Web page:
As the number of individual servers is reduced, however, switches are becoming larger and heavier, with a greater number of ports and much higher cable densities than previous-generation technologies. Plus, while fewer servers are required, their more-compact design has increased the number of units installed per rack. Additional electronic equipment has followed suit, with routers, hubs, and network appliances all consuming a smaller footprint by being installed closer together.

The result is fewer data racks but more terminations and jacks within that given area, considering cabling must be provided in front of, behind, and between all rack-mounted equipment.

Given these changes, cable installation has become a more sensitive procedure, as companies are striving to reduce installation costs while increasing the effectiveness of their cable networks.  IT professionals are running wider, higher-capacity cables to a significantly larger number of ports within a more restricted space. This increased cable density makes installation increasingly difficult and can hinder cable performance, since the space restriction can prohibit IT professionals from maintaining the correct cable bend radius.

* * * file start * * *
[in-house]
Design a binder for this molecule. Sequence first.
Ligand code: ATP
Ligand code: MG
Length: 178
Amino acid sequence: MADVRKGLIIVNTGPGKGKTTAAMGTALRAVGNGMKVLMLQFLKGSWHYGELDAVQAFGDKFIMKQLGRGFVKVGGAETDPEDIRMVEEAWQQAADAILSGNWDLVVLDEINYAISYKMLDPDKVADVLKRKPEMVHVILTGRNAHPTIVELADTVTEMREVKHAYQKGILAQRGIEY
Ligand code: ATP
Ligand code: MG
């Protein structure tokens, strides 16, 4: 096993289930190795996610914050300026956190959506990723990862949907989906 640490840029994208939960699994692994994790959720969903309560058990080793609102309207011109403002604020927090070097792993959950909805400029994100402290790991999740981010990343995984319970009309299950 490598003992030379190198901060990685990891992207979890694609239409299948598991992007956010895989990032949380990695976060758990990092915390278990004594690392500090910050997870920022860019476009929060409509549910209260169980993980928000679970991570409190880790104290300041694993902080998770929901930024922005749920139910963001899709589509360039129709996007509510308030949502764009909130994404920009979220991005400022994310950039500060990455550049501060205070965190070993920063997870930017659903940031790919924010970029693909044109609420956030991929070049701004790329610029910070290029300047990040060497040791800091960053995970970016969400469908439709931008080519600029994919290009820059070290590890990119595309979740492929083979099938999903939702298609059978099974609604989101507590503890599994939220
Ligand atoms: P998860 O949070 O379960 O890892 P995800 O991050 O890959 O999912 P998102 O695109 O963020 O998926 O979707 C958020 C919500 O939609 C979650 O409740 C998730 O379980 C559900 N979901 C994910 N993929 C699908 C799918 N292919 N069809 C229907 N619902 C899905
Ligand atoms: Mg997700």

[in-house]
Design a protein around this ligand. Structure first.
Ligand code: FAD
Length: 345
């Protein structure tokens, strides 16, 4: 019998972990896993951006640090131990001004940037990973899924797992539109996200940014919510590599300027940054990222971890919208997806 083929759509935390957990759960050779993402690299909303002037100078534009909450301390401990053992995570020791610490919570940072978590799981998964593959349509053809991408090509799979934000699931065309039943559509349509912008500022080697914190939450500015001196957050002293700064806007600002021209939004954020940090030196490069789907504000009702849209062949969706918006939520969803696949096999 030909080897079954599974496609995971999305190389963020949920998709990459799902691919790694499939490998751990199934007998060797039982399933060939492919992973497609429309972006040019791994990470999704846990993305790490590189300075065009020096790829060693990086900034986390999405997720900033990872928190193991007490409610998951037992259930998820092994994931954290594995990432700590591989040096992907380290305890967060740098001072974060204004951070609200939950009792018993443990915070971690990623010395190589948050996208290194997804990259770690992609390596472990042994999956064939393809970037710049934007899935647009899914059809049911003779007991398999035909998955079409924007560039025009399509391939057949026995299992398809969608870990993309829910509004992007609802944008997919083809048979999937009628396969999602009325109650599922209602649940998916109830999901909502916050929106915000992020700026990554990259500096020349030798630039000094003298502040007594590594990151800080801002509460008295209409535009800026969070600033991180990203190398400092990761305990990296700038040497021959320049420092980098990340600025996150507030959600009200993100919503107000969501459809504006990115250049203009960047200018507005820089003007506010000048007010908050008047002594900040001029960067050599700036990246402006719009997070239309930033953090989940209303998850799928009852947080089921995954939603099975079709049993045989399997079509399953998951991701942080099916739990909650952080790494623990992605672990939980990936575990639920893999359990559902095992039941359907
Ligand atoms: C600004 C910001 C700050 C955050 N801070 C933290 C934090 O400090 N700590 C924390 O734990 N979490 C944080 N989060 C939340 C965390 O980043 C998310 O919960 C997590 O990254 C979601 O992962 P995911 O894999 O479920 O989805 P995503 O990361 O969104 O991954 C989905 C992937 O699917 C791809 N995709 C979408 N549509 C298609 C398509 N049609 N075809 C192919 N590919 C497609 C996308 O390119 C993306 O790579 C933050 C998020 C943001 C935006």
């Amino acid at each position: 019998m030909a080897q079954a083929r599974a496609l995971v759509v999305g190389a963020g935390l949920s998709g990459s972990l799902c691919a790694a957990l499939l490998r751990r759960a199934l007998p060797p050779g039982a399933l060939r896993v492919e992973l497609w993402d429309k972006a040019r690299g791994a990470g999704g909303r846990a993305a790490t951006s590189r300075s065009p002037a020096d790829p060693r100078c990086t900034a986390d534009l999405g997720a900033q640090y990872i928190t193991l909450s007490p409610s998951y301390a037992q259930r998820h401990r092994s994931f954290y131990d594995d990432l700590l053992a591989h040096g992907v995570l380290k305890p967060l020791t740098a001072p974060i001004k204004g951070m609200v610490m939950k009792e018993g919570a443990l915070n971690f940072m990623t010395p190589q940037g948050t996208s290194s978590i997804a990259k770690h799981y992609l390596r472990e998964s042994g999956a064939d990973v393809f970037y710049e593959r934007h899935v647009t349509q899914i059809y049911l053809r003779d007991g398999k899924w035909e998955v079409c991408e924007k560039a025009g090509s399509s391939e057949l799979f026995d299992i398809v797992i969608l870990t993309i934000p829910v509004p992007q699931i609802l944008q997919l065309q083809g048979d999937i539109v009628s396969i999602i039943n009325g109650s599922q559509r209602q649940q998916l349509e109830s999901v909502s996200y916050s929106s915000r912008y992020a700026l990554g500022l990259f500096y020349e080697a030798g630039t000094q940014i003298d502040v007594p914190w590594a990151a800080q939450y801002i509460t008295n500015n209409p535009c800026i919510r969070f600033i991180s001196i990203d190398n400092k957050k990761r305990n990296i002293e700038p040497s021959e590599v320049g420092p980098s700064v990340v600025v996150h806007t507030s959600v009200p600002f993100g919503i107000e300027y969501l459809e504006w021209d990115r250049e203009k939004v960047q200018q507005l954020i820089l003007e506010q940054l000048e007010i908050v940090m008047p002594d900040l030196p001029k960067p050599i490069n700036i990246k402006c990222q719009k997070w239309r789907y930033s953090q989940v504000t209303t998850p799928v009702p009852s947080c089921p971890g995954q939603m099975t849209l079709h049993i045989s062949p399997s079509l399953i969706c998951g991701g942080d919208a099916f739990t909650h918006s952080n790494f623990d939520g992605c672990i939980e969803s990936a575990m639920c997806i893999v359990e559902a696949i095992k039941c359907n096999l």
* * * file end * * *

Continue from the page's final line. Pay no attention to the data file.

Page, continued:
In addition, as departments continue to grow and equipment is updated, moves, adds and changes (MACs) occur more frequently. The crowded state of data racks has made even small alterations time-consuming and labor-intensive projects, costing businesses much of the resources otherwise saved by SANs and increasingly efficient technology.

Weighing solutions